Blood. Sweat. Tears.
After Whiplash premiered at the 2014 Sundance Film Festival, it immediately drew comparisons with one film: Full Metal Jacket. On the surface, it’s an odd analogy: what does a Vietnam War film have to do with a movie about a kid at an elite music conservatory?
One word: perfection.
While Full Metal Jacket focuses on the brutal process of turning drafted teenagers into remorseless, efficient killing machines, Whiplash focuses on the brutal process of turning musical teenagers into the best musicians the world has to offer. It is the pursuit of perfection, but also of leaving a lasting legacy – of being remembered in a future sea of forgotten and anonymous souls long gone.
Brutality must come with brutes and the R. Lee Ermey of Whiplash is veteran character actor J.K. Simmons as music conductor Terence Fletcher. He is always dressed in a tight black t-shirt tucked into black pants. He stands stiff and erect, with efficient movements like a Navy SEAL. He demonstrates a type of sadistic patience, weeding out the weak… but is quick to throw a chair at someone’s head when they mess up too much.
The dubious recipient of that chair is Miles Teller’s character, Andrew Neyman, who wants to be the greatest drummer alive (and still be it after he dies). Everybody wants greatness, of course, but Neyman (and Teller) put the effort into it. There’s a lot of blood – most of it’s real from the intense drumming – and there’s sweat and tears here too.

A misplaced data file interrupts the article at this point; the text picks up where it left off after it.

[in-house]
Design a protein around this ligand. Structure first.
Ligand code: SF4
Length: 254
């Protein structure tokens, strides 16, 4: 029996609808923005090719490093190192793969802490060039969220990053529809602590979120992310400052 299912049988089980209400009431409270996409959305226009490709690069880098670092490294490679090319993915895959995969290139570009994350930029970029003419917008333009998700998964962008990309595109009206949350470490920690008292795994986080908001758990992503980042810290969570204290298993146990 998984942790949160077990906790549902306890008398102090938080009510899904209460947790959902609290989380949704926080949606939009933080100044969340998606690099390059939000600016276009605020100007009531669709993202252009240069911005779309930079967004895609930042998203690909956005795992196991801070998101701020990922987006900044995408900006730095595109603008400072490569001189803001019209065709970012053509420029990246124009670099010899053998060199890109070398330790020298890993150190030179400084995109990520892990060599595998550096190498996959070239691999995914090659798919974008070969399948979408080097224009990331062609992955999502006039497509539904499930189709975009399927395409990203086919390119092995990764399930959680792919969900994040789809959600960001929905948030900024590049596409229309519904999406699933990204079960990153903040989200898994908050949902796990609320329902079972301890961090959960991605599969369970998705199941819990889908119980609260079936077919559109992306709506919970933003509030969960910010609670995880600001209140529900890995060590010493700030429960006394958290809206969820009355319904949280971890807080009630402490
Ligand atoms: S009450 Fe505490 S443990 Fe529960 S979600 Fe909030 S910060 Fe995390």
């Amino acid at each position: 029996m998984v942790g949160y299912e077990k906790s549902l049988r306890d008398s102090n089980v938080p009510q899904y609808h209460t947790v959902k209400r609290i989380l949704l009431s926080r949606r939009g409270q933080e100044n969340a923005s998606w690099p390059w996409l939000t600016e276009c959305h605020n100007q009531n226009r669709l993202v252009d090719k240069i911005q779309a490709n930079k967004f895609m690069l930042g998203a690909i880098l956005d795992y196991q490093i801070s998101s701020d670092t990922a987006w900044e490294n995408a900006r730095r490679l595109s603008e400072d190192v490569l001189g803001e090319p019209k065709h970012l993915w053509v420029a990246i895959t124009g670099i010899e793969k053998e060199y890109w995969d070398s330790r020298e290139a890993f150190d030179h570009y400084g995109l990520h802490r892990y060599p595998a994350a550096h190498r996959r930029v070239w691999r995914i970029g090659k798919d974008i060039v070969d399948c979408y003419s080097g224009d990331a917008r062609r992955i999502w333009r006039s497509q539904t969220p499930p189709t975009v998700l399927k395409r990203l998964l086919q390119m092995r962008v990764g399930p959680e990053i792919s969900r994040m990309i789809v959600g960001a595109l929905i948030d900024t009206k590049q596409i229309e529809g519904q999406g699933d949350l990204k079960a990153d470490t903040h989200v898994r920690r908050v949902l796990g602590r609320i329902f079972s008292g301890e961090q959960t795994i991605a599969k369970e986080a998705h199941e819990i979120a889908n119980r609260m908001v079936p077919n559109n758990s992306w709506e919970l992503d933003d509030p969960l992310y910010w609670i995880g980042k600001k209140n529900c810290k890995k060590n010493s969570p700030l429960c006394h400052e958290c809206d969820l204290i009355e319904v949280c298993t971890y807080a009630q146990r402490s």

Neyman also sacrifices a girlfriend, Nicole (portrayed by Melissa Benoist), which is unfortunate because the sequence where he asks her out was so adorable, so sweet, it actually gave me a cavity. Alas, Neyman values his future plans more – a seething desire for success that is only exacerbated by his family’s general disregard towards his career path.
The act of drumming in itself is very good at increasing adrenaline and demanding attention, but director Damien Chazelle does an exquisite job in his commercial directorial debut. The camera is very active, with a variety of different shots at different angles and distances to visually stimulate the audience.
Whiplash is one of the first movies to officially enter the Oscars conversation, and it’s a strong contender. There is very real chatter in the air for J.K. Simmons to be nominated come Oscars time, although at this point, only time (and momentum) will tell.
There’s really only one significant flaw here, and it has less to do with any technical aspects of the movie, but more with the theme: practice makes perfect. Contrary to popular belief, practice does not make perfect. But apparently, Whiplash would like you to believe that, which is somewhat connected to the notion of underdogs magically pulling ahead in the end.
In reality, the real saying is twofold. The first is from Vince Lombardi when he said, “Perfect practice makes perfect.”
The second is from Bobby Robson, when he said, “Practice makes permanent.”
If you practice correctly, and diligently, you can certainly improve. But to imply that practice – no matter how vigorous – can lead to legendary status is simply a fallacy.